BACKGROUND Bruton's Tyrosine Kinase (BTK) is member of the Tec family that is critically important for the growth, differentiation and activation of myeloid-, mast- and B-cells.1 BTK is activated firstly by membrane localization stimulated by PIP3 generation, and subsequently, by transphosphorylation of Tyr-551 by Src family kinases. Further activation occurs within the SH3 domain via a transphosphorylation mechanism. Tyr223 in this domain was phosphorylated by c-Abl.2 Activated BTK is involved in the phosphorylation of a number of signaling molecules involved in the PLCgamma, JNK and p38 MAPK pathways, leading to Ca2+ mobilization, mRNA stabilization and the induction of NF-kappaB and AP-1 transcription factors.3 BTK activity is negatively regulated by a number of proteins including inhibitor of BTK (IBTK), Sab and c-Cbl. Mutations in this enzyme are known in humans and result in the immunological disorder X-linked agammaglobulemia.4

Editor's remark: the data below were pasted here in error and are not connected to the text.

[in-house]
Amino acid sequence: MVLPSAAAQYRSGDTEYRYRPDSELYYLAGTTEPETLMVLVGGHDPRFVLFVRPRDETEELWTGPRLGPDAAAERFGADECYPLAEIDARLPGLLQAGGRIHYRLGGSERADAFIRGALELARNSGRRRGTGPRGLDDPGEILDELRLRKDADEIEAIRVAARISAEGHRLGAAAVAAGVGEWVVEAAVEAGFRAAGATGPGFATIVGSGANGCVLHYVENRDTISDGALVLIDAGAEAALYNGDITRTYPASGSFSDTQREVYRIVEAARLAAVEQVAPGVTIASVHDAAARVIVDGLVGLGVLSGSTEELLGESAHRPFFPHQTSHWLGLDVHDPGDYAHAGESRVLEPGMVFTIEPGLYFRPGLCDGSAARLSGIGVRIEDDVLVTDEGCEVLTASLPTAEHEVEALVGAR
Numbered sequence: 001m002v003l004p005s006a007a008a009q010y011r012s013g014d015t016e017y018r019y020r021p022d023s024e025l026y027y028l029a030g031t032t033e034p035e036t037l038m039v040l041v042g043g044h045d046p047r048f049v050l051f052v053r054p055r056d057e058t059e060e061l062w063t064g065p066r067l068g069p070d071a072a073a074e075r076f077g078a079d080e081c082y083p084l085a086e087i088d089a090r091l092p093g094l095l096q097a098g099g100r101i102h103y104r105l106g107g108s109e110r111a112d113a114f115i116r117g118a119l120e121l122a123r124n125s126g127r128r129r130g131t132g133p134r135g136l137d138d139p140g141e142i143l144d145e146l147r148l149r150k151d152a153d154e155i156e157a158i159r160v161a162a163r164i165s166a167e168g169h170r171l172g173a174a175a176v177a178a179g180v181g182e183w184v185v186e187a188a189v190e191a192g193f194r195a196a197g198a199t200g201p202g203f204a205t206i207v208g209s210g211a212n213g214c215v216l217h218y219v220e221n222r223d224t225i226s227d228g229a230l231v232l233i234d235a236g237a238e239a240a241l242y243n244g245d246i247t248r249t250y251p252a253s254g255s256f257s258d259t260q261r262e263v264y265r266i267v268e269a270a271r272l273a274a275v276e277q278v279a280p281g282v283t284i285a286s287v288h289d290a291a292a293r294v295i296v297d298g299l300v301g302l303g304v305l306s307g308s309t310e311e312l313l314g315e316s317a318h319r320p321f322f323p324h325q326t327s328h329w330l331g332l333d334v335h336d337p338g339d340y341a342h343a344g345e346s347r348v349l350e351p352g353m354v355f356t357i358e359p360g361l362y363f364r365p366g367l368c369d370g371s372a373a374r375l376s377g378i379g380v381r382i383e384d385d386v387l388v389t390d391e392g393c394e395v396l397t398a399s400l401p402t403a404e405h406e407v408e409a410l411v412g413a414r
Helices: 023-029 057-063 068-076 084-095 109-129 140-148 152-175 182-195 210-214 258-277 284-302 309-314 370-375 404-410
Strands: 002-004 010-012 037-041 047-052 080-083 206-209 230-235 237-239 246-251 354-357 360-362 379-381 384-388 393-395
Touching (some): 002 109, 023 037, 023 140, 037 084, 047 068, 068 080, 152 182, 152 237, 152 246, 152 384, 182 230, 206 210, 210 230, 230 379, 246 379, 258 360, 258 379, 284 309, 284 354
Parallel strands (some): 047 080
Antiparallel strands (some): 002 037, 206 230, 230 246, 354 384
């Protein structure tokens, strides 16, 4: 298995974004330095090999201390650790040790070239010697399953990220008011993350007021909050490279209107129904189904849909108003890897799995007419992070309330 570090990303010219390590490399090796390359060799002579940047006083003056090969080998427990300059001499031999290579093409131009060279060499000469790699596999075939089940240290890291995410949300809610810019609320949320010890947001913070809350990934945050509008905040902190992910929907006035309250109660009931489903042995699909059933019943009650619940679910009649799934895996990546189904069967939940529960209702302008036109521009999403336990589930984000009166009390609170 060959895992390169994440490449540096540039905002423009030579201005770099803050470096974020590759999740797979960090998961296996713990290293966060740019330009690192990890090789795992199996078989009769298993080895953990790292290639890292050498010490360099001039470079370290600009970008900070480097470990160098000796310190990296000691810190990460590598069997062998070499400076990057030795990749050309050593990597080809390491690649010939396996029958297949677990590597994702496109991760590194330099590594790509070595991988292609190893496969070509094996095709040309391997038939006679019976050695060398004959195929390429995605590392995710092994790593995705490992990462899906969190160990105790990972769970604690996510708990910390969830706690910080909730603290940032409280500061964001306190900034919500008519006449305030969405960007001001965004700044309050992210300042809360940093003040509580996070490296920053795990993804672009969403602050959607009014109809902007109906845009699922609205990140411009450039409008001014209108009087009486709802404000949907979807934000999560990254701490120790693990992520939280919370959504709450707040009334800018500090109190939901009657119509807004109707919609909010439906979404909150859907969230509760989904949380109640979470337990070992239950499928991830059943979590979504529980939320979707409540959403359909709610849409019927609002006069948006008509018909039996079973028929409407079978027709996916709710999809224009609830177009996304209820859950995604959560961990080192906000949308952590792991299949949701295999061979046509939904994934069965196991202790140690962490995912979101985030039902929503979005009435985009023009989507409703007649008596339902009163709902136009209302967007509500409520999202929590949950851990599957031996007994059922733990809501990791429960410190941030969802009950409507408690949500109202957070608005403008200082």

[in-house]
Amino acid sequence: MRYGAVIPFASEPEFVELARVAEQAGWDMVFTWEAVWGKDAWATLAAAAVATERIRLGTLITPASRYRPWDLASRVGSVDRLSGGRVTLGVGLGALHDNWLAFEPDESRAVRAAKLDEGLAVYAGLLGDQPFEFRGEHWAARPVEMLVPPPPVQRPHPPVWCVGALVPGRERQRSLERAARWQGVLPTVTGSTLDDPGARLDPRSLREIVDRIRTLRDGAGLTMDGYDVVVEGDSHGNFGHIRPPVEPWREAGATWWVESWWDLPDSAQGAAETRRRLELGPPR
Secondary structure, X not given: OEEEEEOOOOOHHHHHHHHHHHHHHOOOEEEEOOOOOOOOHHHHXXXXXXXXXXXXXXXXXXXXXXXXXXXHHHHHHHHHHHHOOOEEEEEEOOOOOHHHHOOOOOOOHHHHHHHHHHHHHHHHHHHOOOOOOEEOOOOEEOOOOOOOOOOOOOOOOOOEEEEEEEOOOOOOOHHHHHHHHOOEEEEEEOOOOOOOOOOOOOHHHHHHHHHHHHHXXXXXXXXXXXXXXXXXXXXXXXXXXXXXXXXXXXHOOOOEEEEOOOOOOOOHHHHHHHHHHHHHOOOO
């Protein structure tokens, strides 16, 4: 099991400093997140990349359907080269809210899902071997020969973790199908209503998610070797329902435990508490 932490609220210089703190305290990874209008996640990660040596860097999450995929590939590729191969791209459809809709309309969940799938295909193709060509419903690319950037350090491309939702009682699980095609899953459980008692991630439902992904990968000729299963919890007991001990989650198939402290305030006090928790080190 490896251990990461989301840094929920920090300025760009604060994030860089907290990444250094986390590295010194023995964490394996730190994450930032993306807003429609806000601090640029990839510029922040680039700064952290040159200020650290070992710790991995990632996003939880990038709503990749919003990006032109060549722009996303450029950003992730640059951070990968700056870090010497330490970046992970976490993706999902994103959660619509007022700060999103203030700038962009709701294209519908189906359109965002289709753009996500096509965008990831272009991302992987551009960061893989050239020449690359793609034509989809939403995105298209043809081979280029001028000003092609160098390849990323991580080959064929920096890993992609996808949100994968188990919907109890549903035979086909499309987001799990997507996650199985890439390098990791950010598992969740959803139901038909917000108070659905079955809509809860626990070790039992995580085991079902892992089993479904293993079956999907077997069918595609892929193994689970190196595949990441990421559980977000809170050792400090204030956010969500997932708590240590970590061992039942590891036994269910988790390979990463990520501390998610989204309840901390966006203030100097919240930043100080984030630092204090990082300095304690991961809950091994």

1. Mohamed, A.J. et al: Immunol. Rev. 228:58-73, 2009
2. Backesjo, C.M. et al: Biochem. Biophy. Res. Commun. 299:510-5, 2002
3. Kurosaki, T & Hikida, M.: Immunol. Rev. 228:132-48, 2009
4. Toth, B. et al: Mol. Immunol. 46:2140-6, 2009
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